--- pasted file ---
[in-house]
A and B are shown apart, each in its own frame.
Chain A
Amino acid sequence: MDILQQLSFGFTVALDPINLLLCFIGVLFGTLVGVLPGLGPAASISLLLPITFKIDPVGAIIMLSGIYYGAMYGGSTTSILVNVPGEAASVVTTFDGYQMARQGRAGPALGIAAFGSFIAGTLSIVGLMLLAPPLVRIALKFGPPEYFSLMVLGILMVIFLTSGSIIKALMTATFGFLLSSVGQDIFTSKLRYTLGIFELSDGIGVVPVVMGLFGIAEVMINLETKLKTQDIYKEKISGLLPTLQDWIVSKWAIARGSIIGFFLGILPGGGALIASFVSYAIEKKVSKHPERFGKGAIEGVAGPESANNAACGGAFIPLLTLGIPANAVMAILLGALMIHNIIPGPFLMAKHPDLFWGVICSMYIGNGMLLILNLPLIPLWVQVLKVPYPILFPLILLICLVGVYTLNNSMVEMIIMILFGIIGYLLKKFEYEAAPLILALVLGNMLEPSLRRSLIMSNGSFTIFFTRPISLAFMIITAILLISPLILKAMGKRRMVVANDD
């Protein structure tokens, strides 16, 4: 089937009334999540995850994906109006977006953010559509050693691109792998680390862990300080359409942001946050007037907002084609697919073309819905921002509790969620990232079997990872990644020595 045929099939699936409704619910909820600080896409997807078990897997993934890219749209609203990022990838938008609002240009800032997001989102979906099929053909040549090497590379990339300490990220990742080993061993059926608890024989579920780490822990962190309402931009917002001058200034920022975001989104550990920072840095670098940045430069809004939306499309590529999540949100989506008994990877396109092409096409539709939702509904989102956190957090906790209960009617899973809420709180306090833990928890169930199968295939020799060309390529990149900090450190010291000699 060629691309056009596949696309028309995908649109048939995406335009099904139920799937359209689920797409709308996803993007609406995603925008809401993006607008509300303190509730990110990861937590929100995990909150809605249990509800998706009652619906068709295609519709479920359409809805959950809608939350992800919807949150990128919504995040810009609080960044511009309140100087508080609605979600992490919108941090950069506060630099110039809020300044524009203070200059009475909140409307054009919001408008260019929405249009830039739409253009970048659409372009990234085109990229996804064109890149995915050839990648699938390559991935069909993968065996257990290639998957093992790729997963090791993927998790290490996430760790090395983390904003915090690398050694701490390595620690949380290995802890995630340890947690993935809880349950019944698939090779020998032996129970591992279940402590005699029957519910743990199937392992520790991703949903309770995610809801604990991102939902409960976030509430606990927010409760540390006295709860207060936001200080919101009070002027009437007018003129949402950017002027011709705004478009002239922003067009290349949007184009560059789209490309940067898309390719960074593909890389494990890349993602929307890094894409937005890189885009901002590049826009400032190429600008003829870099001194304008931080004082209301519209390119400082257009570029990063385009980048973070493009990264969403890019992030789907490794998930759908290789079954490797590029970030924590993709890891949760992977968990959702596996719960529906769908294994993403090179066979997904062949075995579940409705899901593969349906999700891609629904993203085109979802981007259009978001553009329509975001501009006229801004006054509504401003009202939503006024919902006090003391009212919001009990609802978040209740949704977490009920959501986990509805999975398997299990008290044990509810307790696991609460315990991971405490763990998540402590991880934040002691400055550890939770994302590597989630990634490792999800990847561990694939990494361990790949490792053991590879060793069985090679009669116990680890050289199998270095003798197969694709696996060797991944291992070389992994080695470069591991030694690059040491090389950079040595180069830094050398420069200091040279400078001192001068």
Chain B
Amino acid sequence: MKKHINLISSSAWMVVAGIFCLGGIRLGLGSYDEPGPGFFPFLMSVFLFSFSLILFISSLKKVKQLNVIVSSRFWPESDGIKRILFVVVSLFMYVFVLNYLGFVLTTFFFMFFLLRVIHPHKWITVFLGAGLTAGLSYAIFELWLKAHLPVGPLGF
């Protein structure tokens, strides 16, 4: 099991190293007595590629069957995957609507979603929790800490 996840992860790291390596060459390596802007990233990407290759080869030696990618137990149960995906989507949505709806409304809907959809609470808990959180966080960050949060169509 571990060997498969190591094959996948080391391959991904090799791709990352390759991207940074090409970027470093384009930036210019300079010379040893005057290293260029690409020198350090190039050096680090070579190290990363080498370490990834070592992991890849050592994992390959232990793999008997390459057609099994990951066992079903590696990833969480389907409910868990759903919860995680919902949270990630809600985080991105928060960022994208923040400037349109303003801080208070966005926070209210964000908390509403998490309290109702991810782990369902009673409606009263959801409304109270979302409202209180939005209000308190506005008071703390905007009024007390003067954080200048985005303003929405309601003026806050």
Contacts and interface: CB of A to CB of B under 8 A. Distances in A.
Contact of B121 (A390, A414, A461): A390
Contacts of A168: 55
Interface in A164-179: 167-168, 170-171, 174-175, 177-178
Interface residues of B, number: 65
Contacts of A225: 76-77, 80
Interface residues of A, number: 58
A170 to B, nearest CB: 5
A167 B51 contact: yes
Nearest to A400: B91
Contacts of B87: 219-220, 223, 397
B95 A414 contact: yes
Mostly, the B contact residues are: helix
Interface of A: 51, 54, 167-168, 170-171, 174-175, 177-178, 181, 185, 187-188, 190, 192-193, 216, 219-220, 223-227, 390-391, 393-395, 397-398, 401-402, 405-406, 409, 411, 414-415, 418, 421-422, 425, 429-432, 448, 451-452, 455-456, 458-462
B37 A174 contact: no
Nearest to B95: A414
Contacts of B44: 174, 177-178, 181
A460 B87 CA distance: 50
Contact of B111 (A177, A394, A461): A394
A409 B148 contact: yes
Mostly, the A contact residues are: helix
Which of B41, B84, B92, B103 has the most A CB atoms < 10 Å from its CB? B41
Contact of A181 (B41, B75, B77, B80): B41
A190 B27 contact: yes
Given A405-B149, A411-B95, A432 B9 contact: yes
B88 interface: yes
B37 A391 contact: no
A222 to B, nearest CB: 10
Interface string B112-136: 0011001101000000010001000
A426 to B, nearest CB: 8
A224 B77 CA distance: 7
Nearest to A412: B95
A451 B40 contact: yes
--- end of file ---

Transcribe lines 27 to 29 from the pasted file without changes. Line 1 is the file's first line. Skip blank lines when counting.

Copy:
Contact of B111 (A177, A394, A461): A394
A409 B148 contact: yes
Mostly, the A contact residues are: helix